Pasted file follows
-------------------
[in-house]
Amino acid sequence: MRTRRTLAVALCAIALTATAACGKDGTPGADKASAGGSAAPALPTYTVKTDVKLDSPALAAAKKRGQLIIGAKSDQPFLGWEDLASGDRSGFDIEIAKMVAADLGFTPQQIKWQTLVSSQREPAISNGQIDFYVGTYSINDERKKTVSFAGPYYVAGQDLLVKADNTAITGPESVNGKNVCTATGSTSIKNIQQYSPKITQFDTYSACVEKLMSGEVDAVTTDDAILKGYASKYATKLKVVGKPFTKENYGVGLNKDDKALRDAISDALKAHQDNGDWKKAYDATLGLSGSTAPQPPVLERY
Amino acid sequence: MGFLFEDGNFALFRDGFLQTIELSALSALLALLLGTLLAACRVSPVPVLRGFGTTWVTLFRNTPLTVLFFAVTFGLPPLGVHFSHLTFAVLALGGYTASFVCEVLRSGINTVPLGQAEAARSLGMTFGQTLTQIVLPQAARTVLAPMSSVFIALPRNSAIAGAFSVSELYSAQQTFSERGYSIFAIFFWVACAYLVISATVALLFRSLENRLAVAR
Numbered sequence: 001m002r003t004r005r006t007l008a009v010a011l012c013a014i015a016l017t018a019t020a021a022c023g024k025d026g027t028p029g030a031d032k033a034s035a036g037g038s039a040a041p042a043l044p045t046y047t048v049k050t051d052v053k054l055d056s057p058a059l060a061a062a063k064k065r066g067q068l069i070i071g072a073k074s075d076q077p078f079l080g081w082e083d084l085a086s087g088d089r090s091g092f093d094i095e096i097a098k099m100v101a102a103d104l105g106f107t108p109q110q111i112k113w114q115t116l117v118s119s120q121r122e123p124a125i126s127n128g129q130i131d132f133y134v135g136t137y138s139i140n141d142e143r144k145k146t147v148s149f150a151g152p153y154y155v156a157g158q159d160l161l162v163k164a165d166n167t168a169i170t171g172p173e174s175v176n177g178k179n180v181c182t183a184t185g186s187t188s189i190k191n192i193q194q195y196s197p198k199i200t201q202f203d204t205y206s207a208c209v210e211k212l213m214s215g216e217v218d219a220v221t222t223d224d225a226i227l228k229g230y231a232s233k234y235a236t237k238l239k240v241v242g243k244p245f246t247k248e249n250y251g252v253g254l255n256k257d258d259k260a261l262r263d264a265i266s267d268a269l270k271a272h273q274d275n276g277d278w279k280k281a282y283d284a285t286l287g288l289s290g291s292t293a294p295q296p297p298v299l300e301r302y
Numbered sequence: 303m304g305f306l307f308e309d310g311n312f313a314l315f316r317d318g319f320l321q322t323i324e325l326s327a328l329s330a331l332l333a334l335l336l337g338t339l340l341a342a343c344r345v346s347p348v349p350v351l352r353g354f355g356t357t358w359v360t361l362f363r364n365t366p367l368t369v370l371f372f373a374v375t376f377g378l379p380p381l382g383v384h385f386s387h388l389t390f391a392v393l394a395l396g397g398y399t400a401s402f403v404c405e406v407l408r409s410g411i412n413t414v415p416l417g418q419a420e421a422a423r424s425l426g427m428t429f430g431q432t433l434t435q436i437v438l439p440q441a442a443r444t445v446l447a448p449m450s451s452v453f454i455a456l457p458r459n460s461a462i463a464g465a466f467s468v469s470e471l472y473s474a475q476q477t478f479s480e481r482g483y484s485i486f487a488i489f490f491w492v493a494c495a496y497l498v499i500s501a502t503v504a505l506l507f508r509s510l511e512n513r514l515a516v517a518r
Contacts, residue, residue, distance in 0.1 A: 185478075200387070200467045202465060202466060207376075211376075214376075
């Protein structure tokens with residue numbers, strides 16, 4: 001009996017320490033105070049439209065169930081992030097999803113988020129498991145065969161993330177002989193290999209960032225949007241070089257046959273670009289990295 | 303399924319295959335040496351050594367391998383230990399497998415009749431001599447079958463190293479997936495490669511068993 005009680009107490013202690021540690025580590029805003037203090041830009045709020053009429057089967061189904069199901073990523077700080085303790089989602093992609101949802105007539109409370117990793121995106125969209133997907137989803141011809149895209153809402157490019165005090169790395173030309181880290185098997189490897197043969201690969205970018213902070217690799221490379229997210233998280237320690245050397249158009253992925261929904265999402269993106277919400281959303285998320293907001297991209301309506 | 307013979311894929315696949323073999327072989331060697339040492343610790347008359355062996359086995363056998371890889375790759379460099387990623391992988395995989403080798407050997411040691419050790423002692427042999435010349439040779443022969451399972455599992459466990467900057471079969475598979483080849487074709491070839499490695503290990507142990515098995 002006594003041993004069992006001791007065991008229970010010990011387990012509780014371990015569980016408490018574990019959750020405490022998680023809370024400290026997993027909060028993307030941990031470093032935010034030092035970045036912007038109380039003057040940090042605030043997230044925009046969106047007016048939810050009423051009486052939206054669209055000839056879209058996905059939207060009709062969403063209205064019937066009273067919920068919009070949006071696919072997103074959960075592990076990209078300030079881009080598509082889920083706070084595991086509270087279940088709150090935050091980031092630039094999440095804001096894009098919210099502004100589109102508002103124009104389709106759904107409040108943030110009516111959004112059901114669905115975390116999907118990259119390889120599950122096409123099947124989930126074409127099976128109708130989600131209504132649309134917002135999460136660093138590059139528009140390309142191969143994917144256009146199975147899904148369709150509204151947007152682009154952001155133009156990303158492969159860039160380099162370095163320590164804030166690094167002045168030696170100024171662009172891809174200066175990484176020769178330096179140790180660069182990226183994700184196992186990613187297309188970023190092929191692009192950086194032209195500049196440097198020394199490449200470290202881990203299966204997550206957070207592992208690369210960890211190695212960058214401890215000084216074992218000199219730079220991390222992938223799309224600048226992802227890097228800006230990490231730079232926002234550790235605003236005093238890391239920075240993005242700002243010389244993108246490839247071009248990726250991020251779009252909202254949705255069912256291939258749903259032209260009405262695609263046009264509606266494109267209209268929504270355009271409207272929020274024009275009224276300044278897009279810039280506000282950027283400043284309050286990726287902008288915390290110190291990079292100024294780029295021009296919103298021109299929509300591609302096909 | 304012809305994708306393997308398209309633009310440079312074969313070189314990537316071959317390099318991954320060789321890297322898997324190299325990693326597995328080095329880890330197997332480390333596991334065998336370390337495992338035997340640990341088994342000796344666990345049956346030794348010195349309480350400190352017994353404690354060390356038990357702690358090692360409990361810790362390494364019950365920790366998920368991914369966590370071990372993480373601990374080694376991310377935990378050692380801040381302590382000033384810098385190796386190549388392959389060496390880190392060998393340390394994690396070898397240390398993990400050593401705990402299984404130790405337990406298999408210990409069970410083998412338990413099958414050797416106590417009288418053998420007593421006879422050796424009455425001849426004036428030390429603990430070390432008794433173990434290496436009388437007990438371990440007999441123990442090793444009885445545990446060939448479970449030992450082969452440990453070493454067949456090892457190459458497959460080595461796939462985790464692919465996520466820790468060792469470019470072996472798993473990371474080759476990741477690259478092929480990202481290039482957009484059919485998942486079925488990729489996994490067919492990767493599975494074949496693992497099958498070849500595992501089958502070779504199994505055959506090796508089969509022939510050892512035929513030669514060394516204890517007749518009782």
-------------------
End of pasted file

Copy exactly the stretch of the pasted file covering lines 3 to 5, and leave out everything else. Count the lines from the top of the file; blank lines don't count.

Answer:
Amino acid sequence: MGFLFEDGNFALFRDGFLQTIELSALSALLALLLGTLLAACRVSPVPVLRGFGTTWVTLFRNTPLTVLFFAVTFGLPPLGVHFSHLTFAVLALGGYTASFVCEVLRSGINTVPLGQAEAARSLGMTFGQTLTQIVLPQAARTVLAPMSSVFIALPRNSAIAGAFSVSELYSAQQTFSERGYSIFAIFFWVACAYLVISATVALLFRSLENRLAVAR
Numbered sequence: 001m002r003t004r005r006t007l008a009v010a011l012c013a014i015a016l017t018a019t020a021a022c023g024k025d026g027t028p029g030a031d032k033a034s035a036g037g038s039a040a041p042a043l044p045t046y047t048v049k050t051d052v053k054l055d056s057p058a059l060a061a062a063k064k065r066g067q068l069i070i071g072a073k074s075d076q077p078f079l080g081w082e083d084l085a086s087g088d089r090s091g092f093d094i095e096i097a098k099m100v101a102a103d104l105g106f107t108p109q110q111i112k113w114q115t116l117v118s119s120q121r122e123p124a125i126s127n128g129q130i131d132f133y134v135g136t137y138s139i140n141d142e143r144k145k146t147v148s149f150a151g152p153y154y155v156a157g158q159d160l161l162v163k164a165d166n167t168a169i170t171g172p173e174s175v176n177g178k179n180v181c182t183a184t185g186s187t188s189i190k191n192i193q194q195y196s197p198k199i200t201q202f203d204t205y206s207a208c209v210e211k212l213m214s215g216e217v218d219a220v221t222t223d224d225a226i227l228k229g230y231a232s233k234y235a236t237k238l239k240v241v242g243k244p245f246t247k248e249n250y251g252v253g254l255n256k257d258d259k260a261l262r263d264a265i266s267d268a269l270k271a272h273q274d275n276g277d278w279k280k281a282y283d284a285t286l287g288l289s290g291s292t293a294p295q296p297p298v299l300e301r302y
Numbered sequence: 303m304g305f306l307f308e309d310g311n312f313a314l315f316r317d318g319f320l321q322t323i324e325l326s327a328l329s330a331l332l333a334l335l336l337g338t339l340l341a342a343c344r345v346s347p348v349p350v351l352r353g354f355g356t357t358w359v360t361l362f363r364n365t366p367l368t369v370l371f372f373a374v375t376f377g378l379p380p381l382g383v384h385f386s387h388l389t390f391a392v393l394a395l396g397g398y399t400a401s402f403v404c405e406v407l408r409s410g411i412n413t414v415p416l417g418q419a420e421a422a423r424s425l426g427m428t429f430g431q432t433l434t435q436i437v438l439p440q441a442a443r444t445v446l447a448p449m450s451s452v453f454i455a456l457p458r459n460s461a462i463a464g465a466f467s468v469s470e471l472y473s474a475q476q477t478f479s480e481r482g483y484s485i486f487a488i489f490f491w492v493a494c495a496y497l498v499i500s501a502t503v504a505l506l507f508r509s510l511e512n513r514l515a516v517a518r